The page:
18-year-old Kyle Chalmers just beat all the favourites to win gold for Australia in the men’s 100m freestyle. Australia’s best hope before the race, Cam McEvoy, finished a surprising seventh.
Chalmers was seventh on the turn but swam an incredible final leg. He has only just turned 18, and is the son of Port Adelaide and Adelaide AFL player Brett Chalmers.
You bloody legend Kyle Chalmers, well done mate.
— Travis Boak (@travisboak10) August 11, 2016
“It’s unbelievable, I mean I’m only 18,” he said after the race. “I knew I had to stick to my guns. They were out pretty fast and probably a body length in front of me at the turn, but once I hit the turn I had to build.
“I’m very happy.”
Kyle Chalmers. What.
— Mack Horton (@_mackhorton) August 11, 2016
And do you think his Immanuel College schoolmates back home in Adelaide were happy?
PANDEMONIUM!!! GOLD FOR CHALMERS pic.twitter.com/YaXWr67Sk9
— Tim Morgan (@Timmy_morgs) August 11, 2016
It’s the first gold medal for the Aussie men in that event since Mike Wenden 1968. And it delivered another first for Chalmers.
“It’s definitely starting to feel a bit more real, but it’s still surreal too,” he said after stepping off the podium.
“I’ve never seen Dad cry before, but I witnessed that tonight, so that’s new.”
It was a great one-two for the Aussie after Madeline Groves stormed home in the women’s 200m butterfly.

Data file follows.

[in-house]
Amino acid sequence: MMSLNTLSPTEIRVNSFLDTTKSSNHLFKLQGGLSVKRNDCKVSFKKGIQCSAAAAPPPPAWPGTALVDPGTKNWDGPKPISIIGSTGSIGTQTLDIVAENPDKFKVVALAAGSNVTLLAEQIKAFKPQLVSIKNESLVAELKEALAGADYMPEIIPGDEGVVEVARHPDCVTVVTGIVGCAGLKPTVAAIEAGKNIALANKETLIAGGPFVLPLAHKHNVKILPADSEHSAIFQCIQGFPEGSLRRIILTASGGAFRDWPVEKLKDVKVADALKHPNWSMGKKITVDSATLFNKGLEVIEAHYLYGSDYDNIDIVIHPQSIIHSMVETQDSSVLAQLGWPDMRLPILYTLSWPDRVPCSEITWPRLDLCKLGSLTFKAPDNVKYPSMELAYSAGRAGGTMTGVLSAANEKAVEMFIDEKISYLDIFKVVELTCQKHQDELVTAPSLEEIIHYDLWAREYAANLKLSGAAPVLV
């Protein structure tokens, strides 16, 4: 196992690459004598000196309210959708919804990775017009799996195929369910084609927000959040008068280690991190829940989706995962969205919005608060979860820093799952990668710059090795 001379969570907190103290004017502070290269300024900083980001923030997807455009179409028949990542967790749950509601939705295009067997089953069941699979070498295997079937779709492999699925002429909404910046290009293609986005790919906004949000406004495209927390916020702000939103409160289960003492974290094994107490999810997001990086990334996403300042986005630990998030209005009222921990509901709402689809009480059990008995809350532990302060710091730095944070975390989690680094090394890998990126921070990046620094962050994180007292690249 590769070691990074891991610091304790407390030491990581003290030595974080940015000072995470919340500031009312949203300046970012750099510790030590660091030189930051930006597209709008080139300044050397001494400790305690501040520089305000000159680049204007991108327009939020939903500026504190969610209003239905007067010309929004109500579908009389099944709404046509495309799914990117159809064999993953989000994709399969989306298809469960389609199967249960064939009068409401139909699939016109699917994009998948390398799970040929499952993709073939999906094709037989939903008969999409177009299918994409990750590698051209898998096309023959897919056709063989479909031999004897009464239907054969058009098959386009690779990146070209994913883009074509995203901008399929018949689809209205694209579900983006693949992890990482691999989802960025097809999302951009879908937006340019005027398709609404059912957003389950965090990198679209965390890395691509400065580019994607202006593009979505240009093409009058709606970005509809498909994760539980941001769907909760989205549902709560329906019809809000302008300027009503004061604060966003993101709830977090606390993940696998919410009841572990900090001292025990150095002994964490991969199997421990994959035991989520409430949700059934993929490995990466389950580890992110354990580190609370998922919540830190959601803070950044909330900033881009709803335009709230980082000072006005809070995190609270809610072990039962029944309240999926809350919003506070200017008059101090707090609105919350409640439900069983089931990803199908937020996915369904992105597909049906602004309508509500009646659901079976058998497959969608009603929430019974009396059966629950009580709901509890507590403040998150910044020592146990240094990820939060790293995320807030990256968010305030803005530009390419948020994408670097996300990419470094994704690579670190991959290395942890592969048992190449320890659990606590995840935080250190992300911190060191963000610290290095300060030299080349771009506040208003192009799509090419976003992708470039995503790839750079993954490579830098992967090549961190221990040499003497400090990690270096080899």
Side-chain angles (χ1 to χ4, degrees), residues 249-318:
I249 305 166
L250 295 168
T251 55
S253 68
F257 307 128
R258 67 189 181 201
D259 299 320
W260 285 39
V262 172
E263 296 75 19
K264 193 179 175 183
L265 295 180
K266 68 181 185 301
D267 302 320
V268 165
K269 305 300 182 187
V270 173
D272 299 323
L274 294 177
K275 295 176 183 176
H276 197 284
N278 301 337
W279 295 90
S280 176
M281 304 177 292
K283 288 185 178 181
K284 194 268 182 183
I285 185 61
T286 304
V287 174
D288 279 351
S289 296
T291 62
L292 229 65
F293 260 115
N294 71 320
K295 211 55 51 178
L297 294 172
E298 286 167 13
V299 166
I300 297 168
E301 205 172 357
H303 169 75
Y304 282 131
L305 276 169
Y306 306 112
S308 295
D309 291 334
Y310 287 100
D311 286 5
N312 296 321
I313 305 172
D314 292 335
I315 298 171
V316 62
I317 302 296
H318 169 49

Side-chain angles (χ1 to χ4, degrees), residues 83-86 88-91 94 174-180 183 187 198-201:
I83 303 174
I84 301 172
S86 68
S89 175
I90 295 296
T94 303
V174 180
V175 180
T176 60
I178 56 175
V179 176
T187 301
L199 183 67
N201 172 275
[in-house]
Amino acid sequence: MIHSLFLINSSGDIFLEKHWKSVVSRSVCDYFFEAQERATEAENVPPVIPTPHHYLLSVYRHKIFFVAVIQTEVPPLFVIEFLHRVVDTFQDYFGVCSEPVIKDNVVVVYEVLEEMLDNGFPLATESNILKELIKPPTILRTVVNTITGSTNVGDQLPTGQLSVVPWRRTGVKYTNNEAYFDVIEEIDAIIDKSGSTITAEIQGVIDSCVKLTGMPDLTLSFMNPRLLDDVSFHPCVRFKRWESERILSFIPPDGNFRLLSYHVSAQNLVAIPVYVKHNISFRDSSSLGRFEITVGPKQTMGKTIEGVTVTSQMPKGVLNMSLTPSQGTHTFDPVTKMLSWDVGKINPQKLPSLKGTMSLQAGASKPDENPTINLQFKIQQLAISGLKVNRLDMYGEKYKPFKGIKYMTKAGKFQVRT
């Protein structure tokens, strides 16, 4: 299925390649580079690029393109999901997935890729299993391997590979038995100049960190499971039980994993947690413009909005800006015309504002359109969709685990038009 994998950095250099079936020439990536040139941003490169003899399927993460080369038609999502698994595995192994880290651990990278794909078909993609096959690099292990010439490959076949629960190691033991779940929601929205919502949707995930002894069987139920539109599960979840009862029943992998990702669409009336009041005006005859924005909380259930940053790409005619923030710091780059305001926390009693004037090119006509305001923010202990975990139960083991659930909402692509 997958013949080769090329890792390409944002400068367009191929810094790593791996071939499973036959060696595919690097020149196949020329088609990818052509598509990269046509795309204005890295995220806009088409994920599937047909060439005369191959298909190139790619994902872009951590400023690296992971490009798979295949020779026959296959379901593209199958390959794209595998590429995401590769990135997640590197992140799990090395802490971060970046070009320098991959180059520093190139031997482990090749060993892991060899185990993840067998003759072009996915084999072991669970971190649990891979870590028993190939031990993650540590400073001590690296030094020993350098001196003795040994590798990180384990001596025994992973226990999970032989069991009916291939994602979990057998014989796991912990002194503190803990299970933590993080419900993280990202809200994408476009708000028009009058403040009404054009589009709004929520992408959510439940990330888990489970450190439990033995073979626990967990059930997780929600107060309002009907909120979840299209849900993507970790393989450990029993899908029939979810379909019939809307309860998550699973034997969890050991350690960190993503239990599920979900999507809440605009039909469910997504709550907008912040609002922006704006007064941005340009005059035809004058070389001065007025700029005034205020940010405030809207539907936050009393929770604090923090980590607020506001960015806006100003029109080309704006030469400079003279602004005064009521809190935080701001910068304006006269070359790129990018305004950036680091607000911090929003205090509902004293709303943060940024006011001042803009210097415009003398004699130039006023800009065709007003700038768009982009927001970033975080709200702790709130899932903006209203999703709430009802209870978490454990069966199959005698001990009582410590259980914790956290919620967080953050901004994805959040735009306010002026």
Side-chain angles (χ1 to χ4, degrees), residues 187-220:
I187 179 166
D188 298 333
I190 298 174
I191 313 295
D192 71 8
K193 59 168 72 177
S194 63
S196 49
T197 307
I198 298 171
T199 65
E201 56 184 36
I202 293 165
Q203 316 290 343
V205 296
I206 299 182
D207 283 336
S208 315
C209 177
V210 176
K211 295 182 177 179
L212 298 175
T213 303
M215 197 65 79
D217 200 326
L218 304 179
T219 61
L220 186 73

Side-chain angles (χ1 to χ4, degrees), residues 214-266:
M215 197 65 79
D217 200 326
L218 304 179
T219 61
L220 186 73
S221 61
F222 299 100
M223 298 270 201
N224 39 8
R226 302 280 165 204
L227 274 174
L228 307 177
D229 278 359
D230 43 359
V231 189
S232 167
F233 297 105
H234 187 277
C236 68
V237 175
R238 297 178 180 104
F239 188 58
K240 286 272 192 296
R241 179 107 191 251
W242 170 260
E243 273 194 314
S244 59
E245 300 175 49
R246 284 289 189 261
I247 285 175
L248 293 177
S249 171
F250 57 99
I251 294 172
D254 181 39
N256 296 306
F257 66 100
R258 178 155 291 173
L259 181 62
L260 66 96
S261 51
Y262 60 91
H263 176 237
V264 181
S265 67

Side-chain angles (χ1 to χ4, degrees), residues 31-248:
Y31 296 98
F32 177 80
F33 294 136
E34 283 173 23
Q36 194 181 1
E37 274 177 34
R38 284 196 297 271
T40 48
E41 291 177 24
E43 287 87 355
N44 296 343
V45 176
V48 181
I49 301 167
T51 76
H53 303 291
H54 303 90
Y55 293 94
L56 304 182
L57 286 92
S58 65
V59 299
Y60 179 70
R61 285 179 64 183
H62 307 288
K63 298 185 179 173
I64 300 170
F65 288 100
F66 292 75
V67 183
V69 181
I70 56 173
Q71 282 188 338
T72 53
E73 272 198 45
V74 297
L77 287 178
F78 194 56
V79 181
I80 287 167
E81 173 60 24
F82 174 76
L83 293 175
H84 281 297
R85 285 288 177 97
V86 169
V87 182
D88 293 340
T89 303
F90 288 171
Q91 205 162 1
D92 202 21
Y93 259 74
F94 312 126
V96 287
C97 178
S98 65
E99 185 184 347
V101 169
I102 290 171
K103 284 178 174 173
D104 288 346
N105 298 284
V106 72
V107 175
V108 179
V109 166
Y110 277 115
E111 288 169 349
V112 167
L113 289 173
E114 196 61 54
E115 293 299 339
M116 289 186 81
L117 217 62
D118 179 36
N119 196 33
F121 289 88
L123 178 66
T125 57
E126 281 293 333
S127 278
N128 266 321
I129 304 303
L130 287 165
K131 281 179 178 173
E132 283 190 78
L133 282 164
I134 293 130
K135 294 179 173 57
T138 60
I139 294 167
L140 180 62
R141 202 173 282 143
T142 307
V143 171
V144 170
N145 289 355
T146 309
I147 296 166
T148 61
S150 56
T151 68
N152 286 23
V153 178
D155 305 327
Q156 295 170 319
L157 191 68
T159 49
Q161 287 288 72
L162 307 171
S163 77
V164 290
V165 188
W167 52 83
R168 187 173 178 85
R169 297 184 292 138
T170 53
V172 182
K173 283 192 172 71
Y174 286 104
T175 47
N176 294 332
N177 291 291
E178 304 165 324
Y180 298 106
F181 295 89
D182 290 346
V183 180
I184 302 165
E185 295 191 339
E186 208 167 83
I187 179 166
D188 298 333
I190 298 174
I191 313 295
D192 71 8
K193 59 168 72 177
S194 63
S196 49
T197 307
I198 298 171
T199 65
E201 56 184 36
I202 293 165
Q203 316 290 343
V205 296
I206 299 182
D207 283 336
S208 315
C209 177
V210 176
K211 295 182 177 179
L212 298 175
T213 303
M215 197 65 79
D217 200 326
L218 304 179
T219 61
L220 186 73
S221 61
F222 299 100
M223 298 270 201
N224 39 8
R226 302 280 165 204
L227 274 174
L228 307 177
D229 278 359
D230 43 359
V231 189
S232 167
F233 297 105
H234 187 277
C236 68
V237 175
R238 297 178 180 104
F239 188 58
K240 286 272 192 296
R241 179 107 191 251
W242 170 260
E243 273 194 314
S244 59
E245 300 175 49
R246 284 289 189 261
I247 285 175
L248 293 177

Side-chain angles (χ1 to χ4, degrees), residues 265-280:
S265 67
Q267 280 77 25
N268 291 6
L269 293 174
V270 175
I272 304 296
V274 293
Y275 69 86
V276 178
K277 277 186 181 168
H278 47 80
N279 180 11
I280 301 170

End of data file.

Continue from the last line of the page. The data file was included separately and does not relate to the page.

But she missed out by .003 of a second, unable to pull back Spain’s Mireia Belmonte. It was her first Olympics, and Groves swam a personal best to clinch the silver.
“It feels absolutely amazing,” she said after the race.
“It was such an incredible experience. “I did awesome, I left everything in the pool.”
In the 100m women’s freestyle, Australia will be hoping for a one-two on the podium – from the same family.
In the first semi-final, Bronte Campbell was just shaded on the line by the USA’s Simone Manuel, finishing about .75 secs outside of her best time.
But her sister Cate, the current world record holder, cruised home for a win in the second semi and broke the Olympic record in the process.
The final will be held tomorrow at 12.18pm.
Another Aussie world champion, Mitch Larkin, also made his case for gold in the men’s 200m backstroke semi with a comfortable second, while Taylor McKeon touched first in her semifinal in the women’s 200m breaststroke.
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